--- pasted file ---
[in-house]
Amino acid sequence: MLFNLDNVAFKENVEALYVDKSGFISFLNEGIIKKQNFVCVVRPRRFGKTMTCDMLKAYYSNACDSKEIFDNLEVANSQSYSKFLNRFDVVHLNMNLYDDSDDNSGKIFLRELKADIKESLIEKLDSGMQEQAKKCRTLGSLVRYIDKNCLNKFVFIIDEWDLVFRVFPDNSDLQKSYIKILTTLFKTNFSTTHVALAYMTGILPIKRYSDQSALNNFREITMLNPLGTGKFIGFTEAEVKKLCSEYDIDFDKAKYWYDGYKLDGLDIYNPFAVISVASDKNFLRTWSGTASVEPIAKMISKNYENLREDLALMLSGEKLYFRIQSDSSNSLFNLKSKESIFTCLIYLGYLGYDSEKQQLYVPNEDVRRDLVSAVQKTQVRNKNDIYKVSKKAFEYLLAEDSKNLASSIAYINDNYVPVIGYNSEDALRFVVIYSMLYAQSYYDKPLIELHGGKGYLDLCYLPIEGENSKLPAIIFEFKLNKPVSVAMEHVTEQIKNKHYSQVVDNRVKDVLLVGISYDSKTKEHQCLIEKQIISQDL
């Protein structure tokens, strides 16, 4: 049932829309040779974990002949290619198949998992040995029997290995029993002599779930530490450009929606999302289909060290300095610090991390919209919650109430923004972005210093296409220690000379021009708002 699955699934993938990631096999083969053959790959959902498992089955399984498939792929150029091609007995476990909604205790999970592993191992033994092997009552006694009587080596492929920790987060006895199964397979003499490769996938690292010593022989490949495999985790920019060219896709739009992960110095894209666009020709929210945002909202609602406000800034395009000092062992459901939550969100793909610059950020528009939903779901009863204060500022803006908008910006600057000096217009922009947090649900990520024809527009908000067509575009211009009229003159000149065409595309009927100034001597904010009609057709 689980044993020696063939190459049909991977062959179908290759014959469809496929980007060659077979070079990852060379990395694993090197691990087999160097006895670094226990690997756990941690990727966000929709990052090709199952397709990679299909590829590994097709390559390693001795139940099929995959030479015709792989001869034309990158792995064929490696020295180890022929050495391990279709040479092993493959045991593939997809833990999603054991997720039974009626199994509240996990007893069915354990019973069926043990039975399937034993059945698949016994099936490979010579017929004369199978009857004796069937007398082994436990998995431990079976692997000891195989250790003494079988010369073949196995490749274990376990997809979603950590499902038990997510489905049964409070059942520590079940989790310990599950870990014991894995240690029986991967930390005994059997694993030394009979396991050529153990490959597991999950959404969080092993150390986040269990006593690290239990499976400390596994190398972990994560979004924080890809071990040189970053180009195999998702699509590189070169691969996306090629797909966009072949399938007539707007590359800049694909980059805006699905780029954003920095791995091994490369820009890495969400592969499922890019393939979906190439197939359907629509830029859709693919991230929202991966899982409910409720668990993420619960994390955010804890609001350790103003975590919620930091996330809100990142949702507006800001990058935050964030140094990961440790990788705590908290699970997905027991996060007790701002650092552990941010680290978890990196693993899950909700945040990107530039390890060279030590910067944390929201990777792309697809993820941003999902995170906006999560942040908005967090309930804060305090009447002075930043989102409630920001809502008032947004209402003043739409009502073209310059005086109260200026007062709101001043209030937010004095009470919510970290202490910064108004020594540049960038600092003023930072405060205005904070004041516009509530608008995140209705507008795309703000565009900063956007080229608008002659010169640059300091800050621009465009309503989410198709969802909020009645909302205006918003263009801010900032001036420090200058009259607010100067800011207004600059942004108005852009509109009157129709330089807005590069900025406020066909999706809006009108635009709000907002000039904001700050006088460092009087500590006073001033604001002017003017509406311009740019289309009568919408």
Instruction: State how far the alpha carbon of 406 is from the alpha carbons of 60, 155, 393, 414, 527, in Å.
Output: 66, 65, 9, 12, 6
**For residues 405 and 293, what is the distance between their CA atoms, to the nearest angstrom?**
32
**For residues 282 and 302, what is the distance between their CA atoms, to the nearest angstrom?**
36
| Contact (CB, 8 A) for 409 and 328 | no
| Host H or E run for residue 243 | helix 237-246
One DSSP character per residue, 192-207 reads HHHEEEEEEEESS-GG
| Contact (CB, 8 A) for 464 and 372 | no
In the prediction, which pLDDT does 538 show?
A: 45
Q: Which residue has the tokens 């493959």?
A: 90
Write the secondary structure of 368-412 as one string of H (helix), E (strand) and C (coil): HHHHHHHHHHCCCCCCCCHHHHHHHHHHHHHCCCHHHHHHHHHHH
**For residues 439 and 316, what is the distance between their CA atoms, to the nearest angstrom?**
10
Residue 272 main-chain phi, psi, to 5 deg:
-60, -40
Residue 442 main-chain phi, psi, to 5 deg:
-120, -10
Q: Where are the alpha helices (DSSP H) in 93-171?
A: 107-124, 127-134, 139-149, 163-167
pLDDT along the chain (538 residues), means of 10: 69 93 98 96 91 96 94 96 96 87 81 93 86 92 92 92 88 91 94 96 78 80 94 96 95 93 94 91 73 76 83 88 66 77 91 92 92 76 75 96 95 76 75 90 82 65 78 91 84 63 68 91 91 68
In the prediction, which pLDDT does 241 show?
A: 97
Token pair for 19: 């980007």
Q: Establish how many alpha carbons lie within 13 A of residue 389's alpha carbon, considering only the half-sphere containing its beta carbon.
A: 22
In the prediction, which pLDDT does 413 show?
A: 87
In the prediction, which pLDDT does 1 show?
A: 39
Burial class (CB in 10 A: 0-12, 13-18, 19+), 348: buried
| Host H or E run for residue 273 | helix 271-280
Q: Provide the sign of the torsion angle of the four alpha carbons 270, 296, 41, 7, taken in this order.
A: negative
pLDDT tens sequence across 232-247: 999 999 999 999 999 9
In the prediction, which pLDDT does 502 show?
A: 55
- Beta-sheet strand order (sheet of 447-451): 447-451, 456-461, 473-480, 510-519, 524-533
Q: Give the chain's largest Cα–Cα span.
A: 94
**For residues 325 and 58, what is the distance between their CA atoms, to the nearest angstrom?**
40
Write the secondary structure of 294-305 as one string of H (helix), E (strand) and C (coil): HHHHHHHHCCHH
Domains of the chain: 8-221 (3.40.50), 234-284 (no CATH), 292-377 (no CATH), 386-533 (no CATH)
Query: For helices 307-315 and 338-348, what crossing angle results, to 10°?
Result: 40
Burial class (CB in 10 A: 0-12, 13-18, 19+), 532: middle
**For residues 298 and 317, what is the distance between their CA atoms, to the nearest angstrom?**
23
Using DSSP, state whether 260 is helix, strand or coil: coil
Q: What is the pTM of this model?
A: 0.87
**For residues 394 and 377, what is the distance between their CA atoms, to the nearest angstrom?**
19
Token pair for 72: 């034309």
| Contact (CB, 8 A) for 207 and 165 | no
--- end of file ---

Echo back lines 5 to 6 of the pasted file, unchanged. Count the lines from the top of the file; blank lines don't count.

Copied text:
Output: 66, 65, 9, 12, 6
**For residues 405 and 293, what is the distance between their CA atoms, to the nearest angstrom?**